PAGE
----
Brush Up on Proper Teeth Cleaning
The best way to remove decay-causing plaque is by brushing and cleaning between your teeth every day. Brushing removes plaque from the tooth surfaces. The following tips will help you maintain a healthy smile:
Brush your teeth twice a day, with a soft-bristled brush and an American Dental Association–accepted fluoride toothpaste.1 Replace your toothbrush every three or four months or sooner if the bristles are frayed.
Use a pea-sized amount of toothpaste.2
Hold your toothbrush gently, using only your thumb and forefinger. Hard brushing can cause your gums to recede and damage tooth enamel and root surfaces which might lead to tooth sensitivity.
Place your toothbrush at a 45-degree angle against the gums. Pay special attention to the gum line when brushing.
Move the brush back and forth gently in short (toothwide) strokes.
Brush the outer tooth surfaces, the inner tooth surfaces, and the chewing surfaces of the teeth.
Use the “toe” of the brush to clean the inside surfaces of the front teeth, using a gentle up-and-down stroke.
Brush your tongue to remove bacteria and freshen your breath.
Make sure you spend enough time cleaning your teeth. The combined process of brushing and flossing should take about five minutes. A suggestion: Use an egg timer to keep pace. Electric toothbrushes feature timers to ensure you brush for the right length of time, too.
Don’t forget to clean between your teeth with floss or another type of interdental cleaner once a day.3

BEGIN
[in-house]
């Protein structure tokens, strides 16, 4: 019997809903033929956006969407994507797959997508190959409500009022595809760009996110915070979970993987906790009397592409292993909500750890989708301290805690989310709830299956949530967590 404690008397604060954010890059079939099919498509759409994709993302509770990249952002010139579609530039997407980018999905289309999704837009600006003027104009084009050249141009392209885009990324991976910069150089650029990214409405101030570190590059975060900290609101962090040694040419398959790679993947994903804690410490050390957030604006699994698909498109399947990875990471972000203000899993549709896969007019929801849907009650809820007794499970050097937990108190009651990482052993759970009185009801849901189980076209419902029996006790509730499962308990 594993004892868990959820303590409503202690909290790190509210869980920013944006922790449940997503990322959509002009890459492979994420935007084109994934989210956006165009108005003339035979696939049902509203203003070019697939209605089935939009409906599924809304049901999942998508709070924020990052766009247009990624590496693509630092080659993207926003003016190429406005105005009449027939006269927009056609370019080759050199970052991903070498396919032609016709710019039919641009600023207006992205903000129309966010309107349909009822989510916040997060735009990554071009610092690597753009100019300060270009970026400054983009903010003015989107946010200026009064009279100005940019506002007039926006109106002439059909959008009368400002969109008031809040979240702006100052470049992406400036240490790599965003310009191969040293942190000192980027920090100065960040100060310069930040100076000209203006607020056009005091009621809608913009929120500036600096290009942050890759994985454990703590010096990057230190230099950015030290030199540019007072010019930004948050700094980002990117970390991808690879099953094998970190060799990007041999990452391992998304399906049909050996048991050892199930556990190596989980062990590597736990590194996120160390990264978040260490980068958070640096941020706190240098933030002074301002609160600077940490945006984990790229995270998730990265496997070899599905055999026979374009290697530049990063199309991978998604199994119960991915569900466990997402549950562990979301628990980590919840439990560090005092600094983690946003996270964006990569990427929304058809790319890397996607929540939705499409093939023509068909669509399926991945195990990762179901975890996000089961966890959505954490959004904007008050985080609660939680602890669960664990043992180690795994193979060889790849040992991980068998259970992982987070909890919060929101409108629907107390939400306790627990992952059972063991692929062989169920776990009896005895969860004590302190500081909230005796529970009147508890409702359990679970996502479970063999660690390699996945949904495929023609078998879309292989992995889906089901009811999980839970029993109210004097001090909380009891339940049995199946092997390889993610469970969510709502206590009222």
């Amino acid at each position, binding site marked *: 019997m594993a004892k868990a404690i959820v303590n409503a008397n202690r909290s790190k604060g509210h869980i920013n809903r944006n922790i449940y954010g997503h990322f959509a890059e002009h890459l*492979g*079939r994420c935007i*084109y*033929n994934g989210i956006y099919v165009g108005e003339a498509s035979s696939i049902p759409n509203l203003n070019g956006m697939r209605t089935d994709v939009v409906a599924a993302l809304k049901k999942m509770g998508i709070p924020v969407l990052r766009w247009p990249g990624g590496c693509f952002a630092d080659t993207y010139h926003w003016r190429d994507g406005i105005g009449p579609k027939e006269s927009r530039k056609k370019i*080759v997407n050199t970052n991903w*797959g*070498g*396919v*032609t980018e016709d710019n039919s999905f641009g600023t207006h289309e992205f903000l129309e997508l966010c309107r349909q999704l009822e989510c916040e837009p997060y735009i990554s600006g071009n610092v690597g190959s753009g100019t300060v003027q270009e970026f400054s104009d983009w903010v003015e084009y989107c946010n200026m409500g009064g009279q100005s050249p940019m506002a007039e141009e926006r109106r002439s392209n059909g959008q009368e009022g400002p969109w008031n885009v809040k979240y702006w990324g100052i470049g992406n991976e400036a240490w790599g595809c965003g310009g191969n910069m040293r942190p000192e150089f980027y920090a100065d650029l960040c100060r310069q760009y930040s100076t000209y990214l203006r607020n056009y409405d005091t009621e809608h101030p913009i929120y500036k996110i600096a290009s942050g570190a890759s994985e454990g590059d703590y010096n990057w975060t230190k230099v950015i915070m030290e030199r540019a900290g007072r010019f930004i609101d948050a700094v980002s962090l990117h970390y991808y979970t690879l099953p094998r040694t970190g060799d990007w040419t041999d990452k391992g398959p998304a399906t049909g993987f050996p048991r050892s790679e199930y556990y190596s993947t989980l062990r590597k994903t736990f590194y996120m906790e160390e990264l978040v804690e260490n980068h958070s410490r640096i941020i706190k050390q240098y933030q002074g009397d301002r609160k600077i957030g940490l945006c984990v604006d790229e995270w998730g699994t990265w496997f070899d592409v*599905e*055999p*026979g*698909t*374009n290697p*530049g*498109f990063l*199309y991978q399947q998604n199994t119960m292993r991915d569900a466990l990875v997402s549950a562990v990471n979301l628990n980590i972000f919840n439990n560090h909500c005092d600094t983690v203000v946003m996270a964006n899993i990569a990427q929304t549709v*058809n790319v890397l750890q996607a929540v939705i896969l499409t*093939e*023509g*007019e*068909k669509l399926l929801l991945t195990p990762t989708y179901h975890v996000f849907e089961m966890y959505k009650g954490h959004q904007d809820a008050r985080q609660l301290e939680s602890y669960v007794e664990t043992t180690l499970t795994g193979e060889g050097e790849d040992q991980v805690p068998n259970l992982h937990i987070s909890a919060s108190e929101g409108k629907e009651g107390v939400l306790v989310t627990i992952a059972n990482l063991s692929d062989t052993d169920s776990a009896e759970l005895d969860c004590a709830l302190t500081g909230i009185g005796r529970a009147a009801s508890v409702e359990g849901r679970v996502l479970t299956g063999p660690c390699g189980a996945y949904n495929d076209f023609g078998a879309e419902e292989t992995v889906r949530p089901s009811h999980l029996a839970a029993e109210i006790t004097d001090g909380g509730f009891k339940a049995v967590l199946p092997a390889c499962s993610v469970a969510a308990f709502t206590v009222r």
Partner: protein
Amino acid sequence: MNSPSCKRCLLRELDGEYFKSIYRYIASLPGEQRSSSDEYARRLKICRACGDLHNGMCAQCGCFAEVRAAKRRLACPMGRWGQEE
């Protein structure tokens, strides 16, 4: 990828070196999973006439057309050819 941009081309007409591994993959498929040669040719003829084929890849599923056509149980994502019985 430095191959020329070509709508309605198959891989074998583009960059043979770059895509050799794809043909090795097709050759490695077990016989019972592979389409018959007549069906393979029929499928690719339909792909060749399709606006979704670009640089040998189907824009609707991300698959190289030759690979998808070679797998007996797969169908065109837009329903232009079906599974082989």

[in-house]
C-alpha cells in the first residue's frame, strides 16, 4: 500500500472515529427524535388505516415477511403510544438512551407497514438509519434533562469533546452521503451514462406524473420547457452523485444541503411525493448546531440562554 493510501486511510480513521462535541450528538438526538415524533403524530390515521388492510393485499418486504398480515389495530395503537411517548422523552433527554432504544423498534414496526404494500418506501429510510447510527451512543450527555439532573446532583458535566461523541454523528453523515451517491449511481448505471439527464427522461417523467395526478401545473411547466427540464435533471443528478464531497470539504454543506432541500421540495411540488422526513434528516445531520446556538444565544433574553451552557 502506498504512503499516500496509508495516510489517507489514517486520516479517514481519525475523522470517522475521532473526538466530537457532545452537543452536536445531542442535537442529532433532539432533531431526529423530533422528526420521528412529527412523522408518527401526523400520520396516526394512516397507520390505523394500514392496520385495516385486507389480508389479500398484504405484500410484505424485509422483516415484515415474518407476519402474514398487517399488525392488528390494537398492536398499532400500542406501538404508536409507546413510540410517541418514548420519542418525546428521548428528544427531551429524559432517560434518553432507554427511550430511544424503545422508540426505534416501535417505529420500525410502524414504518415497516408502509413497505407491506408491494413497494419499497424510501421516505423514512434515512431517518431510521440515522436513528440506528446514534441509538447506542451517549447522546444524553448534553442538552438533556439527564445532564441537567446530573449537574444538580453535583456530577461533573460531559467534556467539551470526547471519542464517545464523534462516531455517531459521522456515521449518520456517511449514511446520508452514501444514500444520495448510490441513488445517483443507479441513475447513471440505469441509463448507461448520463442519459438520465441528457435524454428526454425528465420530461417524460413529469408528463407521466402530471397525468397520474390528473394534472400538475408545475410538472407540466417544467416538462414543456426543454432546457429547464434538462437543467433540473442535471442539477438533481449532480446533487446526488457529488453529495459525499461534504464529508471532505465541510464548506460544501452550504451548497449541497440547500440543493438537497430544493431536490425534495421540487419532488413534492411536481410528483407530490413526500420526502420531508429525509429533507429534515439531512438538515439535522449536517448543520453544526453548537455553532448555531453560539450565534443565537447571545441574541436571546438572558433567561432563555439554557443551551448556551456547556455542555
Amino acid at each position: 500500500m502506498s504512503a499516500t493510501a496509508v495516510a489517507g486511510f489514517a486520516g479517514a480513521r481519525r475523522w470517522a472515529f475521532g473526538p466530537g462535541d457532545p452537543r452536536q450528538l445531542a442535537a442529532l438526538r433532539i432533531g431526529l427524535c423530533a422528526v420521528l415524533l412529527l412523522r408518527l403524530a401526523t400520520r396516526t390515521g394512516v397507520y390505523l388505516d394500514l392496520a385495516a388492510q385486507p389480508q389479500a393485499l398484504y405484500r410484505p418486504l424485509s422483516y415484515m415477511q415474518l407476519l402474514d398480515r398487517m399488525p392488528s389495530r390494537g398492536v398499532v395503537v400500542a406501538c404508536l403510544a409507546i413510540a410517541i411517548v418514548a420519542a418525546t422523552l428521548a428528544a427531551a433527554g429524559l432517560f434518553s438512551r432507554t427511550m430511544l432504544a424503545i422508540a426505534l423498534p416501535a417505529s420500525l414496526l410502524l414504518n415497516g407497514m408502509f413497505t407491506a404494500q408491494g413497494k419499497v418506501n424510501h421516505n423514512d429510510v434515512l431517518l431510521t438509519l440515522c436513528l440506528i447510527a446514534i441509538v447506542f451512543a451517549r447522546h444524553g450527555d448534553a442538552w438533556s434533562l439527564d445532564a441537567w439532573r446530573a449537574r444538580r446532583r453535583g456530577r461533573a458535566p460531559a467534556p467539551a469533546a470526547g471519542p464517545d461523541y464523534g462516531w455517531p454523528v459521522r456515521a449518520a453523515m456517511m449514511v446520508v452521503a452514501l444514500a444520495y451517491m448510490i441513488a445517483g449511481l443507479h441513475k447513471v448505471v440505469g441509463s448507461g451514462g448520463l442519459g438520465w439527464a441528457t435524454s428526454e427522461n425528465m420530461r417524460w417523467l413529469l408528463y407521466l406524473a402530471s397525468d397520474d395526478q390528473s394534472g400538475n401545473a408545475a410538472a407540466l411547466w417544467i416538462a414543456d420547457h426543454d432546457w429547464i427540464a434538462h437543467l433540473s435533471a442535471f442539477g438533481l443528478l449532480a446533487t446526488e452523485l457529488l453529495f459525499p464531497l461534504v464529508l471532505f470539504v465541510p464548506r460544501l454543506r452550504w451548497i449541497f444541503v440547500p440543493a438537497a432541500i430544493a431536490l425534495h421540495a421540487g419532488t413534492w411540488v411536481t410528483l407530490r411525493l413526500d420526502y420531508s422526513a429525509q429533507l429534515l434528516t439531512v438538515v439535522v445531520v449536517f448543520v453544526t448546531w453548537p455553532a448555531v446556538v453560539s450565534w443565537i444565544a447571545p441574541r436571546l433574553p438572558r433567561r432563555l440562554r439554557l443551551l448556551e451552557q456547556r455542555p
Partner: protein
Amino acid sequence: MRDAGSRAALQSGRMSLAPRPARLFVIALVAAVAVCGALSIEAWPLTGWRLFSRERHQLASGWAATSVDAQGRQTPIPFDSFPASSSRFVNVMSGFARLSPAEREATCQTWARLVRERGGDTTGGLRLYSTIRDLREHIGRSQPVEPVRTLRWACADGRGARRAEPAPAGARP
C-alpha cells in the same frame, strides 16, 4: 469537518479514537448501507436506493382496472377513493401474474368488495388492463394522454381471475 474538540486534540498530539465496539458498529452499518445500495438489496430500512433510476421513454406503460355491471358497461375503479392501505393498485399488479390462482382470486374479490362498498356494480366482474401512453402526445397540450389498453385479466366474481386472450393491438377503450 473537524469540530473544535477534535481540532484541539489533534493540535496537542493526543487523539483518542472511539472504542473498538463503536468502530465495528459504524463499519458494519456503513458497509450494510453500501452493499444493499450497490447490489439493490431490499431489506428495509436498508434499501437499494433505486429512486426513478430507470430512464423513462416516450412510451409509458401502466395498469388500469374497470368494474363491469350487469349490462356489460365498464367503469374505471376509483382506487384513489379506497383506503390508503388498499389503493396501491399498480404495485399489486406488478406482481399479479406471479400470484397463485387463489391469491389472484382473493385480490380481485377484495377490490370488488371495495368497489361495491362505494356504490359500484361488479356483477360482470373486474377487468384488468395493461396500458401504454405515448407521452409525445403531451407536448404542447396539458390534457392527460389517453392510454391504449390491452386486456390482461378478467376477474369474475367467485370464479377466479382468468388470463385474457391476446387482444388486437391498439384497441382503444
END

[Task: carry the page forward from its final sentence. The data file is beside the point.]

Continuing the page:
If your dentist has recommended it, use an antimicrobial mouth rinse as part of your daily oral hygiene routine.
1 “Cleaning Your Teeth and Gums.” Oral Health Topics, American Dental Association. www.ada.org/2624.aspx Accessed 2010.
2 “What Is the Best Technique for Brushing?” Academy of General Dentistry. http://www.agd.org/ Accessed 2010.
3 “For the Dental Patient: Healthy Mouth, Healthy Patient.” Journal of the American Dental Association. April 2006, vol. 137, p 563. jada.ada.org/cgi/content/full/137/4/563 Accessed 2010.
4 "Brushing Hard Causes Sensitive Teeth." Oral Health Center, WebMd, November 10, 2009 www.webmd.com/oral-health/news/20091110/brushing-too-hard-causes-sensitive-teeth Accessed 2010.
5 "Sensitive Teeth." American Dental Association. www.ada.org/3058.aspx?currentTab=1 Accessed 2010.
Health & You magazine
Online Medical Reviewer:
Eakle, Stephan W., DDS
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